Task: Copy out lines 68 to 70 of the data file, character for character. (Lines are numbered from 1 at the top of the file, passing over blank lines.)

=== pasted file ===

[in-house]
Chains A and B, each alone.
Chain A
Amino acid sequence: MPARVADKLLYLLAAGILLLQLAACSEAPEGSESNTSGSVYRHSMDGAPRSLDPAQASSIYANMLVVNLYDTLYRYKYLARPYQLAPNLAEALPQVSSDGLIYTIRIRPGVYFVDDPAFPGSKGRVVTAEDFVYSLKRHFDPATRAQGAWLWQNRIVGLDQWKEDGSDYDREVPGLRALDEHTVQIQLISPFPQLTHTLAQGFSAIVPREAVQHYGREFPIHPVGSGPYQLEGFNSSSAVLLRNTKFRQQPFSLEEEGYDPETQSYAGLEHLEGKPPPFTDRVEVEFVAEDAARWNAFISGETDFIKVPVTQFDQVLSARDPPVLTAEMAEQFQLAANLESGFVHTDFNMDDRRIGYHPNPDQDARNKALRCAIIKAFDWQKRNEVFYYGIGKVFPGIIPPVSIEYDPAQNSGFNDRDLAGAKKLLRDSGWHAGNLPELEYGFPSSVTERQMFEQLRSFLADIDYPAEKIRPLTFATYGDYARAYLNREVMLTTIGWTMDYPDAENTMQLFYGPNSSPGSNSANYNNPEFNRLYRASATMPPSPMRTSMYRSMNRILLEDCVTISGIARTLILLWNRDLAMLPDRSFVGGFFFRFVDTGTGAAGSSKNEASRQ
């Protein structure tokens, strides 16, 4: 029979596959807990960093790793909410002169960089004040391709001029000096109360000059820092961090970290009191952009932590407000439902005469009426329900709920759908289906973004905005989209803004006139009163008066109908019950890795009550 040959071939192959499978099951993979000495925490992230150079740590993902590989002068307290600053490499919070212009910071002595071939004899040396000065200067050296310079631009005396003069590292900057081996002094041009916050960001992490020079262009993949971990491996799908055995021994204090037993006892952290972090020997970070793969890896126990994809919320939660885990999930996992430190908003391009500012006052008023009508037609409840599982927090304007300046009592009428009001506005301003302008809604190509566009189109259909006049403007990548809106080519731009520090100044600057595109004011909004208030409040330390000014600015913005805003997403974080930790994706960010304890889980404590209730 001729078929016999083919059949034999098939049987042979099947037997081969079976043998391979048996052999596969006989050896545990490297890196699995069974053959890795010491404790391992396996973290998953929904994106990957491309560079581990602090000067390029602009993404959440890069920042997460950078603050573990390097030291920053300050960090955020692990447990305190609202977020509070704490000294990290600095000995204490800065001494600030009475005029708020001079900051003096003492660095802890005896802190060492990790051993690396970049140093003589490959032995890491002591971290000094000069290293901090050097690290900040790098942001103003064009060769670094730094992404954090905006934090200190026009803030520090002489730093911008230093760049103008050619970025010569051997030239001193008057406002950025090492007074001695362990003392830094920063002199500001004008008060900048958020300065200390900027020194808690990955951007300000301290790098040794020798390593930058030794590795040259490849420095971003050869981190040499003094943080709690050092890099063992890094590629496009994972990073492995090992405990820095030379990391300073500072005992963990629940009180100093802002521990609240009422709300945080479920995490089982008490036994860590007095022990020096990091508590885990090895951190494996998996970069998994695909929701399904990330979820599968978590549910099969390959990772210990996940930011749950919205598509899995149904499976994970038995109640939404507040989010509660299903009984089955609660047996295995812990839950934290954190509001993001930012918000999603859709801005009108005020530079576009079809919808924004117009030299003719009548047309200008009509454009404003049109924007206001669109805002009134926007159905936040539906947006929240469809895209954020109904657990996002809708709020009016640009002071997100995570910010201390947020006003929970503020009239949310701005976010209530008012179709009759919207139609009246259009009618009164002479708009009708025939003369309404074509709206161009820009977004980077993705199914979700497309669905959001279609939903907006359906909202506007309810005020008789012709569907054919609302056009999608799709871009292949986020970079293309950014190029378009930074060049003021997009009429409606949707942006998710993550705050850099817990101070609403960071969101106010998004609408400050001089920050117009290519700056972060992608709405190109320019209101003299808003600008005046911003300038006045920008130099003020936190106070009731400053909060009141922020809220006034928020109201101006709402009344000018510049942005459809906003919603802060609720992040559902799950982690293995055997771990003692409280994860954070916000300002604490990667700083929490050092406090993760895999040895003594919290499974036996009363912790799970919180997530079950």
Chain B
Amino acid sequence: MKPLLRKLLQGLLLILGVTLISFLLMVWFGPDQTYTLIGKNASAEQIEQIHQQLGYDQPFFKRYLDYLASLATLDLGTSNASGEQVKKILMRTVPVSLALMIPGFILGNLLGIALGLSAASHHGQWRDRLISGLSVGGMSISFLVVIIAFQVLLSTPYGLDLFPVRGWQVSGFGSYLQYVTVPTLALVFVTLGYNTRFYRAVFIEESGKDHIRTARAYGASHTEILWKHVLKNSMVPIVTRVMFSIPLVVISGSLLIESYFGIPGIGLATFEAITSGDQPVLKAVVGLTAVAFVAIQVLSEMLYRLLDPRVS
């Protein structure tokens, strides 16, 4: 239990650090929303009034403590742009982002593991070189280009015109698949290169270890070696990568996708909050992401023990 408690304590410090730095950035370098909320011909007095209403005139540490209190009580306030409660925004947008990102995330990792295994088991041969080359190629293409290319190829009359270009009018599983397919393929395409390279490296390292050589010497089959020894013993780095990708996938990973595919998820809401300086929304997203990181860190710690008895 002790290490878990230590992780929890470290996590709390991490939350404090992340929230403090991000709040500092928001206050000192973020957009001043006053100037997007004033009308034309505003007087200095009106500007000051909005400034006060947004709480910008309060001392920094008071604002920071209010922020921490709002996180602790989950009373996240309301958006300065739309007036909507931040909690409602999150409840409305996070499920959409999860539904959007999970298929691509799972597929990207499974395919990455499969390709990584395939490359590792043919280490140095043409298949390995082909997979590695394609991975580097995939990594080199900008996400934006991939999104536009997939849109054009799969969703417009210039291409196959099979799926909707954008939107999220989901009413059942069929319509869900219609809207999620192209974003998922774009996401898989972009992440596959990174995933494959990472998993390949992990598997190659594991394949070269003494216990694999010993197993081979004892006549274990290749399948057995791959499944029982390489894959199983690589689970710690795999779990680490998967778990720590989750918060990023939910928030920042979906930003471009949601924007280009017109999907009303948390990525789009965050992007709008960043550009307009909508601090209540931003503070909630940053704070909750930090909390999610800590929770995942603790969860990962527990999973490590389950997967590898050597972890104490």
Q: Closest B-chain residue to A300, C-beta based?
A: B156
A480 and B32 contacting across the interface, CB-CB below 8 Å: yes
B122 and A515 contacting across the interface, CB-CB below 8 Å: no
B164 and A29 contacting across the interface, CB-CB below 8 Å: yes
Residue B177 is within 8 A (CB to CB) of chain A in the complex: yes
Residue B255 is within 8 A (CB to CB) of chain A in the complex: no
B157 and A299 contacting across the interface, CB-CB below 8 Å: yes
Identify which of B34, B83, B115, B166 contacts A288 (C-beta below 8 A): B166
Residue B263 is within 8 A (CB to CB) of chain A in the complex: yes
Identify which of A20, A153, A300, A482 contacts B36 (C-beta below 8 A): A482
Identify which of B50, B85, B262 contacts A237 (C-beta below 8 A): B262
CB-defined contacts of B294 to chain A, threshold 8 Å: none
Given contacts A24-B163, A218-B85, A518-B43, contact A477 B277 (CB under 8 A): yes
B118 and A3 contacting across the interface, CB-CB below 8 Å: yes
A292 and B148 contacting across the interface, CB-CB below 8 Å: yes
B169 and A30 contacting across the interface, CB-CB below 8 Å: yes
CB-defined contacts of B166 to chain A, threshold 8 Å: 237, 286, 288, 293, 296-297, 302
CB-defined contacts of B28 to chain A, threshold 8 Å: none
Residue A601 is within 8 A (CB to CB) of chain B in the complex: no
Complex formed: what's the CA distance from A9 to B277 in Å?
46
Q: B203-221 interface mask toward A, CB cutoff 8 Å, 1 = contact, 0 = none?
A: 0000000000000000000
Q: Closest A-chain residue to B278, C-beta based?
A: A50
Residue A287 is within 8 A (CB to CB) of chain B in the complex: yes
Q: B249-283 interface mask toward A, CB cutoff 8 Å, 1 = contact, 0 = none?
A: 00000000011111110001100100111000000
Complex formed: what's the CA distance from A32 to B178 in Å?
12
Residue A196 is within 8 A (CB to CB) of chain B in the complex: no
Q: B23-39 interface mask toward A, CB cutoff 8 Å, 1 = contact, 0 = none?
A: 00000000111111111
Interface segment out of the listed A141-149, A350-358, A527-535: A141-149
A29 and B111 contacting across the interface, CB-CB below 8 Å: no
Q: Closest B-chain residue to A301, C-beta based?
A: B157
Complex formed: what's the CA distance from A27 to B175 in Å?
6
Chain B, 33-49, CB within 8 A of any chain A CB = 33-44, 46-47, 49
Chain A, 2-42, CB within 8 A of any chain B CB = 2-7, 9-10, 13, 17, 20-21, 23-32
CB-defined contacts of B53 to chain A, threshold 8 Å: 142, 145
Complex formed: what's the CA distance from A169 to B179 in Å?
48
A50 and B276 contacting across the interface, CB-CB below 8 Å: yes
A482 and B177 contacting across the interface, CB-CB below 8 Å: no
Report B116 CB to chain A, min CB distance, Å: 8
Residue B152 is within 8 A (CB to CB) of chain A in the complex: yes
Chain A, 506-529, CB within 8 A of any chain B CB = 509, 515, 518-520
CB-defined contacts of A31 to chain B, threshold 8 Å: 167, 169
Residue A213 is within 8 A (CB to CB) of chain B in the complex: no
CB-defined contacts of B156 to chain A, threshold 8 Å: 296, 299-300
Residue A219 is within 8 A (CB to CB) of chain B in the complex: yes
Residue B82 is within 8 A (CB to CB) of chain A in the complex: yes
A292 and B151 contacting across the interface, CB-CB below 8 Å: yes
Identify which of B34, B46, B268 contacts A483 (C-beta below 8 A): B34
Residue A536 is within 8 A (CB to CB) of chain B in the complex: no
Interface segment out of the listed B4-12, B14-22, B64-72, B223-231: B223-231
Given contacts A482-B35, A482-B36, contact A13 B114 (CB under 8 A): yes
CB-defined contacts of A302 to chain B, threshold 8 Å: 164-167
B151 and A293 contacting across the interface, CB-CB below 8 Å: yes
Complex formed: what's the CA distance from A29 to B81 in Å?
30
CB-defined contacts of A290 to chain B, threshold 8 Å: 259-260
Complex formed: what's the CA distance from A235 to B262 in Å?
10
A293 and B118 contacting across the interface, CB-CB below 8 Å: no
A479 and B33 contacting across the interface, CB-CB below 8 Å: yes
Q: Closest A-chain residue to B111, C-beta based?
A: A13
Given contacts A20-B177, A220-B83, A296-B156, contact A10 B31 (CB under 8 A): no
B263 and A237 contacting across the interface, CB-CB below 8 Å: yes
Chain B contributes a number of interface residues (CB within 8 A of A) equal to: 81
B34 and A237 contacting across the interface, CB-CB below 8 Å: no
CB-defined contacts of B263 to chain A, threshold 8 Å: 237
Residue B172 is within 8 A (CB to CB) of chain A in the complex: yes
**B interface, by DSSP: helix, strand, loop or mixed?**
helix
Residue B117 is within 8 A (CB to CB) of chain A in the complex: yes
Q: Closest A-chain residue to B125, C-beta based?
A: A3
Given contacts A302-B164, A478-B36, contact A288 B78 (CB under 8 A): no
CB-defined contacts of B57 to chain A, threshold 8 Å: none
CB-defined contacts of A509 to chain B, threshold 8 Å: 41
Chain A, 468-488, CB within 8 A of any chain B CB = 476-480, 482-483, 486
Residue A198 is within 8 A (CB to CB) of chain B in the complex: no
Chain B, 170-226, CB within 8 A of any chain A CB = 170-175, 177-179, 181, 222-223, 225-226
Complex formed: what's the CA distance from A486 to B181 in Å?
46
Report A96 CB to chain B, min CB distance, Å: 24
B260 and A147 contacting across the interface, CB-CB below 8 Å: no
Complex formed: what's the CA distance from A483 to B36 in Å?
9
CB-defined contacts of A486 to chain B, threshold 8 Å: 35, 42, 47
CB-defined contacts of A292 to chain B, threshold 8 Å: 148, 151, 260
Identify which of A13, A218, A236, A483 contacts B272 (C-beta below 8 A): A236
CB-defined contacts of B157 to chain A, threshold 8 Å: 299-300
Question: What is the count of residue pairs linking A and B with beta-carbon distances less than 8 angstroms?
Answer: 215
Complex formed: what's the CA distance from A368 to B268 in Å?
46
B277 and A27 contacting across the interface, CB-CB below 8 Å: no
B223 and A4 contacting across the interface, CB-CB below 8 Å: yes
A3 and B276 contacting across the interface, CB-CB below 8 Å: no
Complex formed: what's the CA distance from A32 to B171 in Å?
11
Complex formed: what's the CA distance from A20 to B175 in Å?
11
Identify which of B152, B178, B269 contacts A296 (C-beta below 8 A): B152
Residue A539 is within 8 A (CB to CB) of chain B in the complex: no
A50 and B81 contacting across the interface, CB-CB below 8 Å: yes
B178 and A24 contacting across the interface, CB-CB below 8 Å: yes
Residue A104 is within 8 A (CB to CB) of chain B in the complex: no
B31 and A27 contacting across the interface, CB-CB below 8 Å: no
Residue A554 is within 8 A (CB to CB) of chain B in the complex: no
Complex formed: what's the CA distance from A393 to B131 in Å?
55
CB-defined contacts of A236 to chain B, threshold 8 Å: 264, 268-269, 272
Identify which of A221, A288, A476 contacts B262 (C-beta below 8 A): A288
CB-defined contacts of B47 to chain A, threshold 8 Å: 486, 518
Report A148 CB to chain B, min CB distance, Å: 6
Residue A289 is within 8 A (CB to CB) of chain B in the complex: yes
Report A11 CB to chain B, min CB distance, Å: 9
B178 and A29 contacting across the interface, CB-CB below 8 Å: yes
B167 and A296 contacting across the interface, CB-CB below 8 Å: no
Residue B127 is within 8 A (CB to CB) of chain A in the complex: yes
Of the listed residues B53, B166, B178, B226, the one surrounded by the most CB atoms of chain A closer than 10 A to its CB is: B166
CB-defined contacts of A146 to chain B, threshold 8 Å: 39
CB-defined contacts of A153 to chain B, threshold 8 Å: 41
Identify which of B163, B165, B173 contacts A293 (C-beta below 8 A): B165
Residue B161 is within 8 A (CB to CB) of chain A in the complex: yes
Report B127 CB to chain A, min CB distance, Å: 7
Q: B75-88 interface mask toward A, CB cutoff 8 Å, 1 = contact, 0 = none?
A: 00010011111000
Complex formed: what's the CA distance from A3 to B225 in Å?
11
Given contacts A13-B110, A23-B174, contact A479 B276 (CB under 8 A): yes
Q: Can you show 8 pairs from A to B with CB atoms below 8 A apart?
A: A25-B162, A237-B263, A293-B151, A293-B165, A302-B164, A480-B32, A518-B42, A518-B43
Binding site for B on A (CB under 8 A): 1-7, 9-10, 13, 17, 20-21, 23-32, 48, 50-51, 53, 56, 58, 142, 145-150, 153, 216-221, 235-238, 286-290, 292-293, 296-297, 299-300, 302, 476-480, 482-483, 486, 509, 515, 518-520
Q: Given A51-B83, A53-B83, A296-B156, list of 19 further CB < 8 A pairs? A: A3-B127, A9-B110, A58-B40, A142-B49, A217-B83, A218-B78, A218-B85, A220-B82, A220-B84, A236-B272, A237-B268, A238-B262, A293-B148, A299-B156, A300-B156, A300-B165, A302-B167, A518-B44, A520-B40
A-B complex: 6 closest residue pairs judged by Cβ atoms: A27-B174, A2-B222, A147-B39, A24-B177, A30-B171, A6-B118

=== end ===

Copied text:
Given contacts A482-B35, A482-B36, contact A13 B114 (CB under 8 A): yes
CB-defined contacts of A302 to chain B, threshold 8 Å: 164-167
B151 and A293 contacting across the interface, CB-CB below 8 Å: yes